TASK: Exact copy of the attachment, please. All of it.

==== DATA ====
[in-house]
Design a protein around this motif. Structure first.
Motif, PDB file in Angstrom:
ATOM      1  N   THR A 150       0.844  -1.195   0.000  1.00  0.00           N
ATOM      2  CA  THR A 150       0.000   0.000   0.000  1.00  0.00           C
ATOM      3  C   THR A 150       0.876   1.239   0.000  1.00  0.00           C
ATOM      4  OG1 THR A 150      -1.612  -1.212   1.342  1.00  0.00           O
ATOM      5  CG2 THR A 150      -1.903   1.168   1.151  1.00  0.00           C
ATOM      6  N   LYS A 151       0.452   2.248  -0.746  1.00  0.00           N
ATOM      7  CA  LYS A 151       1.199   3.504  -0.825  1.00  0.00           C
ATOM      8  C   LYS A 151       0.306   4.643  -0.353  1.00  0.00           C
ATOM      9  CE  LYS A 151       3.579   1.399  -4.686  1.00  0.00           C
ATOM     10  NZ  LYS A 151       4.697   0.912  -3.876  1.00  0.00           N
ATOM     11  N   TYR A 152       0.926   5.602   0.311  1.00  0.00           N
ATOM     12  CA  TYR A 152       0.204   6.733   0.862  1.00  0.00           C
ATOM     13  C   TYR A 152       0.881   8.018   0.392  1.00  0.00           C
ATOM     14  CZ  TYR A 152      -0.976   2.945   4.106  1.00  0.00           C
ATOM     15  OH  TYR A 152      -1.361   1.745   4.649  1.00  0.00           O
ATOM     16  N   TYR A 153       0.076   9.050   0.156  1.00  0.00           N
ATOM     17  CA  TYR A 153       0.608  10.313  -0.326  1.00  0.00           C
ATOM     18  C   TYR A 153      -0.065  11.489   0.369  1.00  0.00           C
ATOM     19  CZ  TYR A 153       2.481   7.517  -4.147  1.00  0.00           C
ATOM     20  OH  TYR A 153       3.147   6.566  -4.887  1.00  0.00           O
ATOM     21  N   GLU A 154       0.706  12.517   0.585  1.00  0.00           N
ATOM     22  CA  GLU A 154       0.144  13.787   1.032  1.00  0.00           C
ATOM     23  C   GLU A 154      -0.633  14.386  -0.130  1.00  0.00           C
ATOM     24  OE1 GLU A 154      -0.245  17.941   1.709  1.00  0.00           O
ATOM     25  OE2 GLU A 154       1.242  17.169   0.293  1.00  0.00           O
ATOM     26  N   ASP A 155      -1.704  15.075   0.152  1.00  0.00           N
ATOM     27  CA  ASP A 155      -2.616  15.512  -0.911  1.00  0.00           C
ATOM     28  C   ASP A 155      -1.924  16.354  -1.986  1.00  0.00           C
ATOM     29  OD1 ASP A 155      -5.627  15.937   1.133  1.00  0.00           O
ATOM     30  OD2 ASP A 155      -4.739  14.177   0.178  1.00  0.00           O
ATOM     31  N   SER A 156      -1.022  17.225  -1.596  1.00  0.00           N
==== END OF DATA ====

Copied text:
[in-house]
Design a protein around this motif. Structure first.
Motif, PDB file in Angstrom:
ATOM      1  N   THR A 150       0.844  -1.195   0.000  1.00  0.00           N
ATOM      2  CA  THR A 150       0.000   0.000   0.000  1.00  0.00           C
ATOM      3  C   THR A 150       0.876   1.239   0.000  1.00  0.00           C
ATOM      4  OG1 THR A 150      -1.612  -1.212   1.342  1.00  0.00           O
ATOM      5  CG2 THR A 150      -1.903   1.168   1.151  1.00  0.00           C
ATOM      6  N   LYS A 151       0.452   2.248  -0.746  1.00  0.00           N
ATOM      7  CA  LYS A 151       1.199   3.504  -0.825  1.00  0.00           C
ATOM      8  C   LYS A 151       0.306   4.643  -0.353  1.00  0.00           C
ATOM      9  CE  LYS A 151       3.579   1.399  -4.686  1.00  0.00           C
ATOM     10  NZ  LYS A 151       4.697   0.912  -3.876  1.00  0.00           N
ATOM     11  N   TYR A 152       0.926   5.602   0.311  1.00  0.00           N
ATOM     12  CA  TYR A 152       0.204   6.733   0.862  1.00  0.00           C
ATOM     13  C   TYR A 152       0.881   8.018   0.392  1.00  0.00           C
ATOM     14  CZ  TYR A 152      -0.976   2.945   4.106  1.00  0.00           C
ATOM     15  OH  TYR A 152      -1.361   1.745   4.649  1.00  0.00           O
ATOM     16  N   TYR A 153       0.076   9.050   0.156  1.00  0.00           N
ATOM     17  CA  TYR A 153       0.608  10.313  -0.326  1.00  0.00           C
ATOM     18  C   TYR A 153      -0.065  11.489   0.369  1.00  0.00           C
ATOM     19  CZ  TYR A 153       2.481   7.517  -4.147  1.00  0.00           C
ATOM     20  OH  TYR A 153       3.147   6.566  -4.887  1.00  0.00           O
ATOM     21  N   GLU A 154       0.706  12.517   0.585  1.00  0.00           N
ATOM     22  CA  GLU A 154       0.144  13.787   1.032  1.00  0.00           C
ATOM     23  C   GLU A 154      -0.633  14.386  -0.130  1.00  0.00           C
ATOM     24  OE1 GLU A 154      -0.245  17.941   1.709  1.00  0.00           O
ATOM     25  OE2 GLU A 154       1.242  17.169   0.293  1.00  0.00           O
ATOM     26  N   ASP A 155      -1.704  15.075   0.152  1.00  0.00           N
ATOM     27  CA  ASP A 155      -2.616  15.512  -0.911  1.00  0.00           C
ATOM     28  C   ASP A 155      -1.924  16.354  -1.986  1.00  0.00           C
ATOM     29  OD1 ASP A 155      -5.627  15.937   1.133  1.00  0.00           O
ATOM     30  OD2 ASP A 155      -4.739  14.177   0.178  1.00  0.00           O
ATOM     31  N   SER A 156      -1.022  17.225  -1.596  1.00  0.00           N